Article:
As a result, I abandoned K and I left because to talk to her, and listen to her would have resulted in my staying not for love, but for duty, loyalty, and shame.
I left the way I left because it seemed safer than vulnerability.
I left because I had to leave…but I didn’t have to leave cruelly. Except, I left the only way I knew how and it was cruel.
That is the root of more shame than I can articulate. It is also why I felt driven to try to fix it, why I felt trapped by K’s pain, and why I felt obligated to fix it. I could have been her friend and listened. Instead, I turned to sex to try and make her feel better. Sex is one of the intimate and vulnerable skills I have confidence around. I’m skillful at making my Lover feel good…which isn’t the same as making a Love feel heard, accepted, and understood.
Through this experience I have learned, sex is a quick charge but it isn’t stable or secure. As a friend lovingly said to me recently, “That tingling you feel isn’t passion or love, it’s your crazy meter. It means you are about to do something – or someone – crazy.”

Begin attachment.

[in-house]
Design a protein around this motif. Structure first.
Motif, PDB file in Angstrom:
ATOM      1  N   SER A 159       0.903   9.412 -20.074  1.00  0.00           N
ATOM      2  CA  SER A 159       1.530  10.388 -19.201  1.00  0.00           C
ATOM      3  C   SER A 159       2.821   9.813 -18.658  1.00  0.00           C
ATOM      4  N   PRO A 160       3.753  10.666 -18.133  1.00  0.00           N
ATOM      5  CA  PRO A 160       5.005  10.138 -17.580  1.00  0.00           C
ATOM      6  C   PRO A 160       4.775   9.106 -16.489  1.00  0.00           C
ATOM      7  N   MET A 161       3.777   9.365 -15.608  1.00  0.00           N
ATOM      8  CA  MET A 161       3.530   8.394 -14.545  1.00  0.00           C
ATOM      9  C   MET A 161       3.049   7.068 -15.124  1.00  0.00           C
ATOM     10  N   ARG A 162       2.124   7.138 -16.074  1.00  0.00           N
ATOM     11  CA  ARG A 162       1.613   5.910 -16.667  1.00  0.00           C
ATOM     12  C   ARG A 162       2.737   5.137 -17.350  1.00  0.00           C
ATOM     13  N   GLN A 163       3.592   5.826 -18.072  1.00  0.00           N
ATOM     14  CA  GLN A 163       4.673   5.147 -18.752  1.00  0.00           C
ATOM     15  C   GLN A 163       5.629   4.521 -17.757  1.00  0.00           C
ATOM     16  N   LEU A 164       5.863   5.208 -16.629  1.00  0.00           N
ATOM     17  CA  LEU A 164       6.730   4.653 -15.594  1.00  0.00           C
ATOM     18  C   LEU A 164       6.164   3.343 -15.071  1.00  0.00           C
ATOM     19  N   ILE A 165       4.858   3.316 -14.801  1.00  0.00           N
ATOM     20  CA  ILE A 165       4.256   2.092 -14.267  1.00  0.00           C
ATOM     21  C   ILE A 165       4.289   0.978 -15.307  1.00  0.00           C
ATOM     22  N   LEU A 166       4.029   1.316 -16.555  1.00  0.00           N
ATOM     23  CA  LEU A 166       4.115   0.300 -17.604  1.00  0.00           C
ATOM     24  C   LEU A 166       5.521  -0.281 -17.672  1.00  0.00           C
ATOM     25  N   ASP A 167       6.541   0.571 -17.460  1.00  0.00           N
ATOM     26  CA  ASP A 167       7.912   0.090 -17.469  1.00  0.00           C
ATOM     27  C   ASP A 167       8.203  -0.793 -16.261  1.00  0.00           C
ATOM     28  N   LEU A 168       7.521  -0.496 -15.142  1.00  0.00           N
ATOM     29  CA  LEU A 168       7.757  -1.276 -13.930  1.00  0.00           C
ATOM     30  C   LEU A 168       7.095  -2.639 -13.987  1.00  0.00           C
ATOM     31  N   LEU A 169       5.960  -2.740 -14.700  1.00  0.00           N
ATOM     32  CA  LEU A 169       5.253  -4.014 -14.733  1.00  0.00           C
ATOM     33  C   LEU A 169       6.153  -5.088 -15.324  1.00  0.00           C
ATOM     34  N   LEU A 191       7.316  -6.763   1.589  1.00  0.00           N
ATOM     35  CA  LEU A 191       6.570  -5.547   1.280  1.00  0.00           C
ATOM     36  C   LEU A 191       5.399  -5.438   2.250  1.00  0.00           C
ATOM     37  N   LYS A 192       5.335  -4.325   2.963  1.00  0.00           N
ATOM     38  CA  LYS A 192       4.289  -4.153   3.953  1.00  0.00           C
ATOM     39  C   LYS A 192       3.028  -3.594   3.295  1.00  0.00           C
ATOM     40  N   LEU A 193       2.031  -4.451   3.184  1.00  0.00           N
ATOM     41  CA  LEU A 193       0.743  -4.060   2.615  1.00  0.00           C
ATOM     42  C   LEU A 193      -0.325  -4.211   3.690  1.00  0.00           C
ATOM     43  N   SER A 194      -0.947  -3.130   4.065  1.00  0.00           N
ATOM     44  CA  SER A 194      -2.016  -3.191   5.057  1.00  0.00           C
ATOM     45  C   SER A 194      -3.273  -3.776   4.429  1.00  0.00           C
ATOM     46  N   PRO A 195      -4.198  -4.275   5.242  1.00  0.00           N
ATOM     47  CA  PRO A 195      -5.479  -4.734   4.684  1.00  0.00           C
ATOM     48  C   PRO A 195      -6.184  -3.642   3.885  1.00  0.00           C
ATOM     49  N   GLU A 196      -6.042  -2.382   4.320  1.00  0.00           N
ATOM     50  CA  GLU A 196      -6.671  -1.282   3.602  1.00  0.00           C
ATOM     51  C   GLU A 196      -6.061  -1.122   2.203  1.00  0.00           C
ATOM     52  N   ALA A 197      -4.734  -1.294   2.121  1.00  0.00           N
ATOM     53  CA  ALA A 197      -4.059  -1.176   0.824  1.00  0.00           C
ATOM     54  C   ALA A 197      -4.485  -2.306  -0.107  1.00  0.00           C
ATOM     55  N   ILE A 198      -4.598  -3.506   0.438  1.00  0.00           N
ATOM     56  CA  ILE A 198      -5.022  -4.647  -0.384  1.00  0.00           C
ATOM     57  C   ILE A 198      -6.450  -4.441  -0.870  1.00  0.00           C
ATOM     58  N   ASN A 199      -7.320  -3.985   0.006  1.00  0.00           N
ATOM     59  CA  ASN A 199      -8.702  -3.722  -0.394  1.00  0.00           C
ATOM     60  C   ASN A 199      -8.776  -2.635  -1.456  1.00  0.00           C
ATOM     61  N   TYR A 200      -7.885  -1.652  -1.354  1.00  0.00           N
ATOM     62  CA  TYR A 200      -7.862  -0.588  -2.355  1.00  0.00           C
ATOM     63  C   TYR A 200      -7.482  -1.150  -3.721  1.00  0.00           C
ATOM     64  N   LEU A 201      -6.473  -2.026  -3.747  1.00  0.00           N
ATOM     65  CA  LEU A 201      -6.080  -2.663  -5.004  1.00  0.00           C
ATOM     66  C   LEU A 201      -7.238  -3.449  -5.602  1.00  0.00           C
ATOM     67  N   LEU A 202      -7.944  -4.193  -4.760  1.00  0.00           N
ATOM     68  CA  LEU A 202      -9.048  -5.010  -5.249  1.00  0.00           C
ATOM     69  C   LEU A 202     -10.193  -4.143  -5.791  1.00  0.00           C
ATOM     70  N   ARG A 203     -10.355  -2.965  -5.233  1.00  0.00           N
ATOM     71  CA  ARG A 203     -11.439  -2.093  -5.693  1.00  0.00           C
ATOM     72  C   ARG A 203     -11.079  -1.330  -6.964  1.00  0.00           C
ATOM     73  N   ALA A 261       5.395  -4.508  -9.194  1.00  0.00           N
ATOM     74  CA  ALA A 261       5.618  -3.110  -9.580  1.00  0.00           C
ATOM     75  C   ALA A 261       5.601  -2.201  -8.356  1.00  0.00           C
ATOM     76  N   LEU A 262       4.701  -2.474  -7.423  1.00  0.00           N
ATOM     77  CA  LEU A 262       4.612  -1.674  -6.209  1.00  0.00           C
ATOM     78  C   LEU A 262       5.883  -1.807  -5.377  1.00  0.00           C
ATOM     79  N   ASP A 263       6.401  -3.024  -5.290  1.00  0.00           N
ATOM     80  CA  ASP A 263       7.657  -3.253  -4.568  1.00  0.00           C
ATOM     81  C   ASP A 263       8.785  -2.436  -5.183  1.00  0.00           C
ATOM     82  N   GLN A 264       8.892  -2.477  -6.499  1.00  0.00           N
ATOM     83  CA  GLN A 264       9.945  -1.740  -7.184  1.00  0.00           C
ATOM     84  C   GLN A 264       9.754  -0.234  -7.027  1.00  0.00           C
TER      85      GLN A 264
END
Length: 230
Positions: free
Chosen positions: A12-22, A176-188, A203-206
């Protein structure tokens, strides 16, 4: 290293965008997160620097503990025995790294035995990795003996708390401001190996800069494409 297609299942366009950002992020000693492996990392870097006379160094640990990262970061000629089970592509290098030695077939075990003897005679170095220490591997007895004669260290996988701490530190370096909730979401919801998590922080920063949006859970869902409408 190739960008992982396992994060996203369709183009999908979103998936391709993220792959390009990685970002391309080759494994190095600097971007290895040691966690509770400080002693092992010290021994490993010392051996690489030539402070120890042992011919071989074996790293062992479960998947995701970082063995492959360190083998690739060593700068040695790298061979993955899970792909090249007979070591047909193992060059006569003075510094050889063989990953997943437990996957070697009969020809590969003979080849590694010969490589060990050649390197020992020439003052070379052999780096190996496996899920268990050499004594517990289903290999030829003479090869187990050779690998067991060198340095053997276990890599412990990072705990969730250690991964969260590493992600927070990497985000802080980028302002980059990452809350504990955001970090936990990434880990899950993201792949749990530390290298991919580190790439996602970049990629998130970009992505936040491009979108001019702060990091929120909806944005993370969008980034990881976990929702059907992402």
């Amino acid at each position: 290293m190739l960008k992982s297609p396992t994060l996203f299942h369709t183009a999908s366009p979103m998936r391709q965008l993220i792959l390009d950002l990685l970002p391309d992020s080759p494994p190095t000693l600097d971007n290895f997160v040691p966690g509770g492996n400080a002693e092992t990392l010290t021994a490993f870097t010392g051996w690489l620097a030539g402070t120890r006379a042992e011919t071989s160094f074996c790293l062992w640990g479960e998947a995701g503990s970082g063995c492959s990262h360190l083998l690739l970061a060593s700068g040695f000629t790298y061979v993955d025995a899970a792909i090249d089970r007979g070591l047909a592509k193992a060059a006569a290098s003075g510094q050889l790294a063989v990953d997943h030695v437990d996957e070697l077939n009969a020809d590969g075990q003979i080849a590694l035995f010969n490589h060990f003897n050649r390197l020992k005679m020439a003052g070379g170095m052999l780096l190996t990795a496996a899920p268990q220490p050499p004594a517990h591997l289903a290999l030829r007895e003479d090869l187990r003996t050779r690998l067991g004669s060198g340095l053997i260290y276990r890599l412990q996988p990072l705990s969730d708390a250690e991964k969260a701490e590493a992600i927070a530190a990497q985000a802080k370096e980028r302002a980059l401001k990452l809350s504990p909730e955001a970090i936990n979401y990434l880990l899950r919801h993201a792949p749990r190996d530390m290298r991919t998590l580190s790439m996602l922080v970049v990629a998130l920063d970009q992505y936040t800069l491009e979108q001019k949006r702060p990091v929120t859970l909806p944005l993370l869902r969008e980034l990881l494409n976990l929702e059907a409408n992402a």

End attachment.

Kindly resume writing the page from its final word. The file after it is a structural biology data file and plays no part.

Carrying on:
It is also why so much of my acting out with K became crueler over time. I resented her for the exact behaviors I was using to try and fix the situation. I was giving her something that I knew belonged to someone else at the time and stealing time and energy from where I wanted to be.
Hot. Cold. Hot. Cold. Hot. Cruel. Cruel. Cruel. Silence. Shame.
Repeat for three years.
Of course, it is self-serving for others to look back at that moment in my life and toss self-servingly shaming and judgemental labels like coward, weak, or sinful at a situation they have no experience with.
In reality my behavior was none of those things. Shallow people need simplistic stories full of cliche caricatures playing the roles of villain, hero, and victim. Nuance is the painful curse of the curiously self-aware.
Believe it or not, I didn’t know I lacked skills at the time. My fear of pain was so great that I didn’t make the time to reflect on what was happening. I was just a frightened rabbit jumping away from the shadows my mind imagined.
I realize now I led with the skills I had.